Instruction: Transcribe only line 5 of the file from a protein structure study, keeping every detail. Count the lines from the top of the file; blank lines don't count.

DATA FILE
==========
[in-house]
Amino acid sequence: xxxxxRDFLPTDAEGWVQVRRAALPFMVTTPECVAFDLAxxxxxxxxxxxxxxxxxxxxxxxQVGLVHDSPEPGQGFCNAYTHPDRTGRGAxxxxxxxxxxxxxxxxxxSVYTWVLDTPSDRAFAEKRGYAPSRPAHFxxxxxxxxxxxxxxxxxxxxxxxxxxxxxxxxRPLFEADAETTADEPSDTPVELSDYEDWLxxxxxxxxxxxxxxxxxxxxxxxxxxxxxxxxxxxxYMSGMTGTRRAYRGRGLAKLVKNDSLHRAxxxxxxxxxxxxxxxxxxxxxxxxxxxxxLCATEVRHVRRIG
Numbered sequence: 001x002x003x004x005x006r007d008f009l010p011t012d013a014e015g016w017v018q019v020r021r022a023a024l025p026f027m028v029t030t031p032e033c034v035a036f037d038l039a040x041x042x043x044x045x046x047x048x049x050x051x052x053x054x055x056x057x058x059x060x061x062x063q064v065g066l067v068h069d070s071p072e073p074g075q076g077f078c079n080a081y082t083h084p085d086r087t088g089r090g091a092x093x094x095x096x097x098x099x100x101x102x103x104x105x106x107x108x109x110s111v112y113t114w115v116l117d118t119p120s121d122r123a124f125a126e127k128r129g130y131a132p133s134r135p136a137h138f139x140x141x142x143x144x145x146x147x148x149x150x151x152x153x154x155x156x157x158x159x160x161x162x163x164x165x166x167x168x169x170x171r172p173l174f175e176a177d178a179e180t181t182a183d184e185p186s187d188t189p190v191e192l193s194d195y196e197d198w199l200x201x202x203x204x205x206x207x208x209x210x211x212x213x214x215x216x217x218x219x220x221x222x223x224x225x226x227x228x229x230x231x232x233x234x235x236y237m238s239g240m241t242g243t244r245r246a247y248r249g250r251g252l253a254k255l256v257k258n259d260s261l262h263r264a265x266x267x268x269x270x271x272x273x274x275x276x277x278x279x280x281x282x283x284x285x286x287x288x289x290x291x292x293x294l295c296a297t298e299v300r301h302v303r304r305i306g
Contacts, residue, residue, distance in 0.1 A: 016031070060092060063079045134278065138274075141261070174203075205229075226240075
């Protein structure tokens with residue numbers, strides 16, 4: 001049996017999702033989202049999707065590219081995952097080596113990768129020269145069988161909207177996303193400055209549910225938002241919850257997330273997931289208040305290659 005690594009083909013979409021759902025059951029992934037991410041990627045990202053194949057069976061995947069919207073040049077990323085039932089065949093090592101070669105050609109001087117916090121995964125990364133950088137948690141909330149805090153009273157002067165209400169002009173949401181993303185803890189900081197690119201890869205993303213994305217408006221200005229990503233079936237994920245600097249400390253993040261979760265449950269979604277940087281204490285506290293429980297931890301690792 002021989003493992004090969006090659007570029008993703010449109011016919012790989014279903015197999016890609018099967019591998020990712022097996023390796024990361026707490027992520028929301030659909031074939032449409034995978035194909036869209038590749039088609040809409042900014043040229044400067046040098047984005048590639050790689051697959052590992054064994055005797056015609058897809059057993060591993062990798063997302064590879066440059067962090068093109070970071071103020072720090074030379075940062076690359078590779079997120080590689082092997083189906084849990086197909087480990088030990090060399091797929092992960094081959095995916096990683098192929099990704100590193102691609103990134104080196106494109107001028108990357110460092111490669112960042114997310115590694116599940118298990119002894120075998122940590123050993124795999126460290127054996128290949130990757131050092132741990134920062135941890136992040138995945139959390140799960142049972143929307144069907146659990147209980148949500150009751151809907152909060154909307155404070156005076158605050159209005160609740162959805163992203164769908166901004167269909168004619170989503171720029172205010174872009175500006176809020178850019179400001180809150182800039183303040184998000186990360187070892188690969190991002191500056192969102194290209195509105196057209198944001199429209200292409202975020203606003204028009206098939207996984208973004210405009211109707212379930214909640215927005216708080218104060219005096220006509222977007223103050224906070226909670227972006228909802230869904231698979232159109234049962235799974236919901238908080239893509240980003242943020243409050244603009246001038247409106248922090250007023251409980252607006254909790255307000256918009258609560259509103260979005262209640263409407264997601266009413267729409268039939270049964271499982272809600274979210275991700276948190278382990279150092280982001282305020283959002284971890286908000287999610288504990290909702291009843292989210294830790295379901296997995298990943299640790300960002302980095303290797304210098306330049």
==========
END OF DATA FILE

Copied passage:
């Protein structure tokens with residue numbers, strides 16, 4: 001049996017999702033989202049999707065590219081995952097080596113990768129020269145069988161909207177996303193400055209549910225938002241919850257997330273997931289208040305290659 005690594009083909013979409021759902025059951029992934037991410041990627045990202053194949057069976061995947069919207073040049077990323085039932089065949093090592101070669105050609109001087117916090121995964125990364133950088137948690141909330149805090153009273157002067165209400169002009173949401181993303185803890189900081197690119201890869205993303213994305217408006221200005229990503233079936237994920245600097249400390253993040261979760265449950269979604277940087281204490285506290293429980297931890301690792 002021989003493992004090969006090659007570029008993703010449109011016919012790989014279903015197999016890609018099967019591998020990712022097996023390796024990361026707490027992520028929301030659909031074939032449409034995978035194909036869209038590749039088609040809409042900014043040229044400067046040098047984005048590639050790689051697959052590992054064994055005797056015609058897809059057993060591993062990798063997302064590879066440059067962090068093109070970071071103020072720090074030379075940062076690359078590779079997120080590689082092997083189906084849990086197909087480990088030990090060399091797929092992960094081959095995916096990683098192929099990704100590193102691609103990134104080196106494109107001028108990357110460092111490669112960042114997310115590694116599940118298990119002894120075998122940590123050993124795999126460290127054996128290949130990757131050092132741990134920062135941890136992040138995945139959390140799960142049972143929307144069907146659990147209980148949500150009751151809907152909060154909307155404070156005076158605050159209005160609740162959805163992203164769908166901004167269909168004619170989503171720029172205010174872009175500006176809020178850019179400001180809150182800039183303040184998000186990360187070892188690969190991002191500056192969102194290209195509105196057209198944001199429209200292409202975020203606003204028009206098939207996984208973004210405009211109707212379930214909640215927005216708080218104060219005096220006509222977007223103050224906070226909670227972006228909802230869904231698979232159109234049962235799974236919901238908080239893509240980003242943020243409050244603009246001038247409106248922090250007023251409980252607006254909790255307000256918009258609560259509103260979005262209640263409407264997601266009413267729409268039939270049964271499982272809600274979210275991700276948190278382990279150092280982001282305020283959002284971890286908000287999610288504990290909702291009843292989210294830790295379901296997995298990943299640790300960002302980095303290797304210098306330049």